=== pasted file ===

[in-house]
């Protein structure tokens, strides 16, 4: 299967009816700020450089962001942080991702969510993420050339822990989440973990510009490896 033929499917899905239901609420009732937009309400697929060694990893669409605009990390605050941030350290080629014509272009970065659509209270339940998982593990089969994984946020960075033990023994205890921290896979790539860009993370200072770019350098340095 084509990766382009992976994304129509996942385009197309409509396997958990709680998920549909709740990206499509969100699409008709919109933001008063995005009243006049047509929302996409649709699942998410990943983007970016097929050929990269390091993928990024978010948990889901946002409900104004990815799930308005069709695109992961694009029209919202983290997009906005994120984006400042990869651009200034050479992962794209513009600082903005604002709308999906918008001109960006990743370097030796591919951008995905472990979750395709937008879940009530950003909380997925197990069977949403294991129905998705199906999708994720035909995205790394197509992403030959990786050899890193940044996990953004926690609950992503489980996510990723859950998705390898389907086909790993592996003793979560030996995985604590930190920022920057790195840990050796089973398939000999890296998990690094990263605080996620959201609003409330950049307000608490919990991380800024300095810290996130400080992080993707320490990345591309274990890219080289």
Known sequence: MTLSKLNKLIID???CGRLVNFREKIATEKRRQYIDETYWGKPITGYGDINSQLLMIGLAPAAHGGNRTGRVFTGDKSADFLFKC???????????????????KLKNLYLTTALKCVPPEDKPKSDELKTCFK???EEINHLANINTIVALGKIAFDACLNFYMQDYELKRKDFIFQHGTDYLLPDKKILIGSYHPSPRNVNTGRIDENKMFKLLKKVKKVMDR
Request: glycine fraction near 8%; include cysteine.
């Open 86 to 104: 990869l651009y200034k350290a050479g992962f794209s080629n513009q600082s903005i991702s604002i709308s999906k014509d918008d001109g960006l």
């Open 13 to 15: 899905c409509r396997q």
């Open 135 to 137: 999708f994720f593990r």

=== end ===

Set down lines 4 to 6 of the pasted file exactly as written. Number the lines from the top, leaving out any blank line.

Request: glycine fraction near 8%; include cysteine.
């Open 86 to 104: 990869l651009y200034k350290a050479g992962f794209s080629n513009q600082s903005i991702s604002i709308s999906k014509d918008d001109g960006l």
């Open 13 to 15: 899905c409509r396997q």